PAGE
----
explain when it is activated, and circle its name in the diagram below.
When fatty chyme enters the duodenum the intestinal mucosa release the hormone
cholecystokinin (CCK) into the bloodstream. CCK targets the gallbladder and causes
contractions that cause the deposition of bile into the duodenum.
49.
Name the three parts of the small intestine, and locate each on the diagram below and on
the torso model.
Duodenum
Jejunum
Ileum
50.
Discuss the histology of the small intestinal wall.
Macroscopic villi with mucosa, submucosa, muscularis, and serosa. Mucosa lining is
simple columnar epithelium and contains goblet cells and microvilli = protection,
secretion, and absorption. Submucosa with blood vessels carries away absorbed
nutrients. Muscularis functions in peristalsis. Serosa (SSET/LACT) provides lubrication
and cushioning.
51.
Name the digestive enzymes that are secreted by the mucosa of the small intestines and
explain the action of each.
Duodenal mucosa secretes lactase, sucrase, and maltase, which break disaccharides into
monosaccharides; peptidases which break peptides into amino acids; lipases which
continue to clip two fatty acids off triglycerides, leaving monoglyceride and 2 fatty acids.
52.
Identify the simplest forms of food that are absorbed through the mucosa of the small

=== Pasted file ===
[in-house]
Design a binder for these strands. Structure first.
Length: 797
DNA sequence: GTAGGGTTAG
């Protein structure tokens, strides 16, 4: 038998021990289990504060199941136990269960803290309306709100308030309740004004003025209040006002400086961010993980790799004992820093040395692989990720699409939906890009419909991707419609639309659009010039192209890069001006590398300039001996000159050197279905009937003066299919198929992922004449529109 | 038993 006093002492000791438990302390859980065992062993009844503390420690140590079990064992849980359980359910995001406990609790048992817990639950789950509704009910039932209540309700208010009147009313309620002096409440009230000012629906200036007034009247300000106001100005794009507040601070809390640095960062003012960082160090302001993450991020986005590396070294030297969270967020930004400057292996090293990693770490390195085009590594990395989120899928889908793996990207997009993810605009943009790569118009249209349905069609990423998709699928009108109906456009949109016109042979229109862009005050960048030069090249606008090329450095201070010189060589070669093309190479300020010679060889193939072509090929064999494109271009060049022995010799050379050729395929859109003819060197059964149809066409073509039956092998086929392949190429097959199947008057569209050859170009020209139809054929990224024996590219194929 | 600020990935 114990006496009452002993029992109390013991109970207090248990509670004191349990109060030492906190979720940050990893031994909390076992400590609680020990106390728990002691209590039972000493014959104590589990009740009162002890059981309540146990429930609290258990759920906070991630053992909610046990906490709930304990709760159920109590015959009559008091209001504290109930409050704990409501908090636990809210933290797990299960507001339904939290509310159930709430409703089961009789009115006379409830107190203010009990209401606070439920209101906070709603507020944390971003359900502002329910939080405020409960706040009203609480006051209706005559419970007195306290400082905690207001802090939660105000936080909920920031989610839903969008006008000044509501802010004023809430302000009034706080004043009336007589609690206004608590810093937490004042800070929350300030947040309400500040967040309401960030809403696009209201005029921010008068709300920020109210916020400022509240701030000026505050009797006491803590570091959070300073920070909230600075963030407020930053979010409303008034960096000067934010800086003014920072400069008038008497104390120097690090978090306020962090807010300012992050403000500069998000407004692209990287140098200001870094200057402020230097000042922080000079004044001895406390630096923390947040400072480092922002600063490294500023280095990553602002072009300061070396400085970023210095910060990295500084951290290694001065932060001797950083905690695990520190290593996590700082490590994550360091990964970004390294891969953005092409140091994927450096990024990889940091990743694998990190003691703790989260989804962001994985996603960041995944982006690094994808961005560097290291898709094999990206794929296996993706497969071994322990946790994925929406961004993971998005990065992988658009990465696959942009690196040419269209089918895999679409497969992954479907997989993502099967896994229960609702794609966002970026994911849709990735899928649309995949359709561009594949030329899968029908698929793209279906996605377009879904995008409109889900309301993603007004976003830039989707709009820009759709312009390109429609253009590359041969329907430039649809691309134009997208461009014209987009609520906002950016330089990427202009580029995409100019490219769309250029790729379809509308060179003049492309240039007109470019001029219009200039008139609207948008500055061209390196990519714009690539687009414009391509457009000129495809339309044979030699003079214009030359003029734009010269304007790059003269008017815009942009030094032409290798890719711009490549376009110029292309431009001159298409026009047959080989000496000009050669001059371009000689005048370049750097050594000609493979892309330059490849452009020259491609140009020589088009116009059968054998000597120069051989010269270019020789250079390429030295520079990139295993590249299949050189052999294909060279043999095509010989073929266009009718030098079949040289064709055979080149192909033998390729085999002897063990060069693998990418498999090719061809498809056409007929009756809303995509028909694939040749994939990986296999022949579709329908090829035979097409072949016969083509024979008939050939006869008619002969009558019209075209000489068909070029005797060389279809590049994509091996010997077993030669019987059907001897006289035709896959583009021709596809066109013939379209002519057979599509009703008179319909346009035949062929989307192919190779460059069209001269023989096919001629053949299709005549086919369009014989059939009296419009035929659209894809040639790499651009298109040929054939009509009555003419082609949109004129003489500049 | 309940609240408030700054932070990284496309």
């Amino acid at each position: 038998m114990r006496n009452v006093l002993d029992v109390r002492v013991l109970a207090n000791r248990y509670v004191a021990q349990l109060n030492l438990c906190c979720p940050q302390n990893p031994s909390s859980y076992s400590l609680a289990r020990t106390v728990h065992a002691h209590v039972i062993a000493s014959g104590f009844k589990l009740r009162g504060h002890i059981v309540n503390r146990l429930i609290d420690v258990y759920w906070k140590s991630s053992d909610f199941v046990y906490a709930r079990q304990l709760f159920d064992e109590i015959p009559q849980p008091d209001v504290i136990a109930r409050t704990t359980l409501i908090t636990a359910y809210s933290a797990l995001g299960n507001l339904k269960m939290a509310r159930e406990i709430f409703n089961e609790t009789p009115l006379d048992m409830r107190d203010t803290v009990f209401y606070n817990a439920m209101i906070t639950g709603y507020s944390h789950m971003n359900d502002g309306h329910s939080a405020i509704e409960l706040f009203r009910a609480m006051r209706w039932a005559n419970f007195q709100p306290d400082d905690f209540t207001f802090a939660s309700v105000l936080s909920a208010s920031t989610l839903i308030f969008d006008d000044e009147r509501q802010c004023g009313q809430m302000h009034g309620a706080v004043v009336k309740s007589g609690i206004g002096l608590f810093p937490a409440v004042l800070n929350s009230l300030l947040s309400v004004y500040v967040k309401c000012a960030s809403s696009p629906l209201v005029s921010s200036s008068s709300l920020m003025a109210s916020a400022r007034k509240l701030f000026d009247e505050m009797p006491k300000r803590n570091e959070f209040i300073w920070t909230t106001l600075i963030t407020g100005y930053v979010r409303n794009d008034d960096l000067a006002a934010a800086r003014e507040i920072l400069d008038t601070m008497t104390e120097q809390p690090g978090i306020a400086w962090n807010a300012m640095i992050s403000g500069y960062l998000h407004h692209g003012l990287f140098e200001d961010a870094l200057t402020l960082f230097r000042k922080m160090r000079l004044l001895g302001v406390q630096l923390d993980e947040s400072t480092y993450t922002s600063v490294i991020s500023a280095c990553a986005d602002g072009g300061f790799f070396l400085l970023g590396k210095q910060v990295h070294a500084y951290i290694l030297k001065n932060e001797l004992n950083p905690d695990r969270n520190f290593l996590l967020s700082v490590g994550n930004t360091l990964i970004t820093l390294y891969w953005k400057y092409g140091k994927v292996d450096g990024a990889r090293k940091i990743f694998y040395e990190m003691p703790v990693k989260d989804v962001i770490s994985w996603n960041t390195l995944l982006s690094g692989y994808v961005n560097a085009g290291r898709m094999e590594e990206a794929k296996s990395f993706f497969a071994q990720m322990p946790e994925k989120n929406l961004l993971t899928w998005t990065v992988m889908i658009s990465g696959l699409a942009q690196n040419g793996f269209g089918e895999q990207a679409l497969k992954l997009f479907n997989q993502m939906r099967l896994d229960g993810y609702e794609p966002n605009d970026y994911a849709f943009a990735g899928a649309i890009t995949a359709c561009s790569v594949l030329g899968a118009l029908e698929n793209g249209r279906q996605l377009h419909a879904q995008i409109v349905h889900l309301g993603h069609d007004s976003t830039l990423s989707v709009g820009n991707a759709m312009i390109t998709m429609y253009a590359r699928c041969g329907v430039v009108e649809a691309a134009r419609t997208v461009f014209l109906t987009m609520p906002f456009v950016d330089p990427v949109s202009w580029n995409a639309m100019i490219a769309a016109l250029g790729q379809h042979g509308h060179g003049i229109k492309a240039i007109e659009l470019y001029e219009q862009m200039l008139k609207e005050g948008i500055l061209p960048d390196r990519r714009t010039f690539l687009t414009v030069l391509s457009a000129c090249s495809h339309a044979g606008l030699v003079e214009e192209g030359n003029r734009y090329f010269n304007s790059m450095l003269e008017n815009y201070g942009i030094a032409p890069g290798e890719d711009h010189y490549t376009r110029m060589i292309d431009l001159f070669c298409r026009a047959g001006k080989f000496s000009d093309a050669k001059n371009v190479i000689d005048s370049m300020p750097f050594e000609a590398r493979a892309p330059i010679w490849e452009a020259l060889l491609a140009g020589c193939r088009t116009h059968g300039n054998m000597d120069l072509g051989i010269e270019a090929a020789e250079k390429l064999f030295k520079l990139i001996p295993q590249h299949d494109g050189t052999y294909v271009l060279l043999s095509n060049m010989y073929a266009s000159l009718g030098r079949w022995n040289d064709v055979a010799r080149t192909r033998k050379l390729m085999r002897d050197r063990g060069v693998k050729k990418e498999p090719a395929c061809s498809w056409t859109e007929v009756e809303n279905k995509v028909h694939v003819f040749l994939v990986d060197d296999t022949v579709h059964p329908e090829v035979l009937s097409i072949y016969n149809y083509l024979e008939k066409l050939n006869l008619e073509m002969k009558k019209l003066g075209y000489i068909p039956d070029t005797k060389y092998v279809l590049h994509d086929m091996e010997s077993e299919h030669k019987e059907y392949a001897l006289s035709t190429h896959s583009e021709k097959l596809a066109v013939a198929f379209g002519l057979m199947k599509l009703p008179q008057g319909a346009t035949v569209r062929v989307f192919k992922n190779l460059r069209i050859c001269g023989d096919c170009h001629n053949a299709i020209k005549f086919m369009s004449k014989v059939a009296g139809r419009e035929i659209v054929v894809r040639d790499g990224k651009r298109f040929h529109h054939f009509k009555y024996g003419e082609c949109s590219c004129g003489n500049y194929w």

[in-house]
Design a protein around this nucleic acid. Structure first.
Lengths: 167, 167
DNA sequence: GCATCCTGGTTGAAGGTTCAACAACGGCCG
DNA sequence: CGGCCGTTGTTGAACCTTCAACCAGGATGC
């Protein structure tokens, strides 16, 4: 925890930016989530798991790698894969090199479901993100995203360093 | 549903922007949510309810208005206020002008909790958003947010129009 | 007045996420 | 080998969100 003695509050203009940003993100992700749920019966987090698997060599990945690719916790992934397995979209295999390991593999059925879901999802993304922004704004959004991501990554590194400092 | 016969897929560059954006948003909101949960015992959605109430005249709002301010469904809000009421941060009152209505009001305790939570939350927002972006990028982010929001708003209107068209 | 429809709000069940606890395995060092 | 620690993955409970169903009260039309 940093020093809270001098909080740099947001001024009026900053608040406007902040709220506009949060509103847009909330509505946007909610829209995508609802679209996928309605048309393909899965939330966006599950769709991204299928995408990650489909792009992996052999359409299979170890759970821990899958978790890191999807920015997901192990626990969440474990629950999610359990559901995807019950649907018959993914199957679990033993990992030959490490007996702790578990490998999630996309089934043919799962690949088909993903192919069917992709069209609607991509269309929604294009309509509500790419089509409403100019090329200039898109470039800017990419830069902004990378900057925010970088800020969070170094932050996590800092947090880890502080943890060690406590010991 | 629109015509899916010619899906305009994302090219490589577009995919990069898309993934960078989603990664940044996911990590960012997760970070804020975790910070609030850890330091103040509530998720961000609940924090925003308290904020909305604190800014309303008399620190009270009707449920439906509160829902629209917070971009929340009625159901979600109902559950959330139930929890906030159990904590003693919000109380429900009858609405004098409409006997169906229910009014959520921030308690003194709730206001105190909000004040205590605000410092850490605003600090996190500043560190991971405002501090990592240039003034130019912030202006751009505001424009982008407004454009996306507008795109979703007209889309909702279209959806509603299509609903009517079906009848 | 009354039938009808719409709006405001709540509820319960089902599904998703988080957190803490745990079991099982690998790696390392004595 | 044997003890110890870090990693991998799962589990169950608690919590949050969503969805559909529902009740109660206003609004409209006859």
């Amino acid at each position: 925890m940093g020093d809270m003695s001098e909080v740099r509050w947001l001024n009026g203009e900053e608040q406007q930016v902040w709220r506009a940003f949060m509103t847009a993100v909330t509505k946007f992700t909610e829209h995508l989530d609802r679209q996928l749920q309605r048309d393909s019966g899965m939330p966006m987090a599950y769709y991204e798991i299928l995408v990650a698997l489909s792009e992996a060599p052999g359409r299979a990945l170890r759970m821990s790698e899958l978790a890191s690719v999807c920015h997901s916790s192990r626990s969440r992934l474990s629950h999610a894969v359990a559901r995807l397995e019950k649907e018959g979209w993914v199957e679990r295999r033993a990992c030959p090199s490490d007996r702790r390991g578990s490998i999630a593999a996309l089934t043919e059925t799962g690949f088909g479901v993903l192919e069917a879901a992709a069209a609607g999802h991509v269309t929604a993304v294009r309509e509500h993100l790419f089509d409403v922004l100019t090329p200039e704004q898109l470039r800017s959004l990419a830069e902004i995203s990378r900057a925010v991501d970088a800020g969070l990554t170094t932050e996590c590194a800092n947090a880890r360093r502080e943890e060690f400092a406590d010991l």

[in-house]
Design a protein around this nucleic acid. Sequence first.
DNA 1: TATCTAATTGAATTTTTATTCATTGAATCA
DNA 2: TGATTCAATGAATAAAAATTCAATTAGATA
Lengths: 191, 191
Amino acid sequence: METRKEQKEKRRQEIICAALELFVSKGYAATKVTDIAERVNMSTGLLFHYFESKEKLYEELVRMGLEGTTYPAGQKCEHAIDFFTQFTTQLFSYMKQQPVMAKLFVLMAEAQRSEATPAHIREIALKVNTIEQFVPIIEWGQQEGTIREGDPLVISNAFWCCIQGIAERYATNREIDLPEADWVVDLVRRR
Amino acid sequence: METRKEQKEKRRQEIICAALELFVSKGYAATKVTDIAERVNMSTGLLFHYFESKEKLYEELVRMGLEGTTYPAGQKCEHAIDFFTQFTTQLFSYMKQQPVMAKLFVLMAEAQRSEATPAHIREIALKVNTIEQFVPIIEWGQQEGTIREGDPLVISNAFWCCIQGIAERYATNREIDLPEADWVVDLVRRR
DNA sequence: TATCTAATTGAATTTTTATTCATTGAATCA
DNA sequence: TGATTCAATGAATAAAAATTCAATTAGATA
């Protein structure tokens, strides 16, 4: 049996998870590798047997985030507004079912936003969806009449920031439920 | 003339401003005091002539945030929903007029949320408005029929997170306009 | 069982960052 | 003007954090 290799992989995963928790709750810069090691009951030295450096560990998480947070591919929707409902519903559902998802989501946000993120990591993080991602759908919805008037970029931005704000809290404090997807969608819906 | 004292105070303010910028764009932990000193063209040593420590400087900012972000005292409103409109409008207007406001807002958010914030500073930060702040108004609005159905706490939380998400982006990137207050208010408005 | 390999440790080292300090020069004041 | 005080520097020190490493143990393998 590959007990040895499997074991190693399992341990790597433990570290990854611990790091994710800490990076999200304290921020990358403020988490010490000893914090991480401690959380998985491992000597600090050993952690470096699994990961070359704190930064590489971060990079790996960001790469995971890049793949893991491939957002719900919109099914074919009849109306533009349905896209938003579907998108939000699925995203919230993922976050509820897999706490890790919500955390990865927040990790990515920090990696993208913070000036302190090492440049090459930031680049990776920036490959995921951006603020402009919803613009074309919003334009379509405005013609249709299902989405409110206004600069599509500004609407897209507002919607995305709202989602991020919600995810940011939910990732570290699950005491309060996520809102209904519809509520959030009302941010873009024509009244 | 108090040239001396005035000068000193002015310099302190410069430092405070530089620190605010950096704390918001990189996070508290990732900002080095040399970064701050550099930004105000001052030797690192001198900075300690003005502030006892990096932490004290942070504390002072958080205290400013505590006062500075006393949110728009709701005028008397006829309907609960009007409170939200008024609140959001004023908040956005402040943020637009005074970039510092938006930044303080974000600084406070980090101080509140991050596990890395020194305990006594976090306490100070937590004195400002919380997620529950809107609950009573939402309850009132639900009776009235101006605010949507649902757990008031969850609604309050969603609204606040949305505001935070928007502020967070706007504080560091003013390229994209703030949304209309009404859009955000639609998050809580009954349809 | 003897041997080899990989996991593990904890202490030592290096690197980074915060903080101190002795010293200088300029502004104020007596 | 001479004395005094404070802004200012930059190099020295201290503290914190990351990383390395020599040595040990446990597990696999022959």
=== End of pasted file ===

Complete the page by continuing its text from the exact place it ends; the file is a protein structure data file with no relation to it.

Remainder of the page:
intestine, name the transport process by which each is absorbed, and describe the fate of
each absorbed nutrient.
Monosaccharides are absorbed by facilitated diffusion (and active transport). They are
carried away by submucosal blood capillaries into the bloodstream (i.e. mesenteric vein
to hepatic portal vein to liver).
Amino acids are absorbed by active transport. They are carried away by submucosal
blood capillaries into the bloodstream (i.e. mesenteric vein to hepatic portal vein to liver).
Fatty acids and monoglyceride are absorbed by simple diffusion into intestinal mucosa.
They are recombined into chylomicrons that are absorbed by a lacteal into the lymphatic
system.
53.
Define the term lacteal, explain its significance, and be able to identify the lacteal below.
Lymphatic capillaries in each intestinal villus that absorb dietary fat.
54.
Distinguish between the duodenum and the distal small intestine (i.e. jejunum and ileum)
in terms of function. Review the location of each in diagram 48 above.
Duodenum (proximal) = site of completion of digestion.
Jejunum = bulk of intestinal length = site of absorption of simple nutrients.
Ileum (distal) = distal end which meets with cecum of large intestine.
55.
Name the four parts of the large intestine and locate each on a diagram or torso model.